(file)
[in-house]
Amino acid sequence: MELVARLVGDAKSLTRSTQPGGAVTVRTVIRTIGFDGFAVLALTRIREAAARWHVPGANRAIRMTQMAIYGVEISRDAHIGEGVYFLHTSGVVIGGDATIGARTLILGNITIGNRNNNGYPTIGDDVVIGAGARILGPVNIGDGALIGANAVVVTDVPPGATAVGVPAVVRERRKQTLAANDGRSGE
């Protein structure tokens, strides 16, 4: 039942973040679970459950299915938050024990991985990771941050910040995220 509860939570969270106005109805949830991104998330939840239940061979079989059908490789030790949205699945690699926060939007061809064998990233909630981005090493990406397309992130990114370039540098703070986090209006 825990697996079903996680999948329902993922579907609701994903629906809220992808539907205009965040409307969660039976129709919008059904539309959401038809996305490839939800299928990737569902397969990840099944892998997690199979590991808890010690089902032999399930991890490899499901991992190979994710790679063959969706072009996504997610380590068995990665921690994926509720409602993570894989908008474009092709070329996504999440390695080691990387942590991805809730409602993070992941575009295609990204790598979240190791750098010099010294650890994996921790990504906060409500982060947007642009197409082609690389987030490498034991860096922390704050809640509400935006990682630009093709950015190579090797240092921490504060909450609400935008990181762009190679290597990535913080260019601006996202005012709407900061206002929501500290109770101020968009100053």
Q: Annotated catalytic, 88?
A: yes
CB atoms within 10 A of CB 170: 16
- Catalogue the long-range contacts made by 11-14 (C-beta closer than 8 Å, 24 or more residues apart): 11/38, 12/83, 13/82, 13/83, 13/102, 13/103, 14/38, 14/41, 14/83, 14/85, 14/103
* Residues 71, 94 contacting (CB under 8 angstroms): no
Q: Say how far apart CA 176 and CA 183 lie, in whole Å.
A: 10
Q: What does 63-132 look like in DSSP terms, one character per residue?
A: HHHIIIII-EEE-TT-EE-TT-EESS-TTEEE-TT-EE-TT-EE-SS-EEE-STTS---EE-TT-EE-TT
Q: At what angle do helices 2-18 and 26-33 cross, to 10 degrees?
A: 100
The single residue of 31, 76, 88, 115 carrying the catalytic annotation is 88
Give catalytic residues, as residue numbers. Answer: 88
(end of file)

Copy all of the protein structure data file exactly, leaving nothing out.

[in-house]
Amino acid sequence: MELVARLVGDAKSLTRSTQPGGAVTVRTVIRTIGFDGFAVLALTRIREAAARWHVPGANRAIRMTQMAIYGVEISRDAHIGEGVYFLHTSGVVIGGDATIGARTLILGNITIGNRNNNGYPTIGDDVVIGAGARILGPVNIGDGALIGANAVVVTDVPPGATAVGVPAVVRERRKQTLAANDGRSGE
């Protein structure tokens, strides 16, 4: 039942973040679970459950299915938050024990991985990771941050910040995220 509860939570969270106005109805949830991104998330939840239940061979079989059908490789030790949205699945690699926060939007061809064998990233909630981005090493990406397309992130990114370039540098703070986090209006 825990697996079903996680999948329902993922579907609701994903629906809220992808539907205009965040409307969660039976129709919008059904539309959401038809996305490839939800299928990737569902397969990840099944892998997690199979590991808890010690089902032999399930991890490899499901991992190979994710790679063959969706072009996504997610380590068995990665921690994926509720409602993570894989908008474009092709070329996504999440390695080691990387942590991805809730409602993070992941575009295609990204790598979240190791750098010099010294650890994996921790990504906060409500982060947007642009197409082609690389987030490498034991860096922390704050809640509400935006990682630009093709950015190579090797240092921490504060909450609400935008990181762009190679290597990535913080260019601006996202005012709407900061206002929501500290109770101020968009100053």
Q: Annotated catalytic, 88?
A: yes
CB atoms within 10 A of CB 170: 16
- Catalogue the long-range contacts made by 11-14 (C-beta closer than 8 Å, 24 or more residues apart): 11/38, 12/83, 13/82, 13/83, 13/102, 13/103, 14/38, 14/41, 14/83, 14/85, 14/103
* Residues 71, 94 contacting (CB under 8 angstroms): no
Q: Say how far apart CA 176 and CA 183 lie, in whole Å.
A: 10
Q: What does 63-132 look like in DSSP terms, one character per residue?
A: HHHIIIII-EEE-TT-EE-TT-EESS-TTEEE-TT-EE-TT-EE-SS-EEE-STTS---EE-TT-EE-TT
Q: At what angle do helices 2-18 and 26-33 cross, to 10 degrees?
A: 100
The single residue of 31, 76, 88, 115 carrying the catalytic annotation is 88
Give catalytic residues, as residue numbers. Answer: 88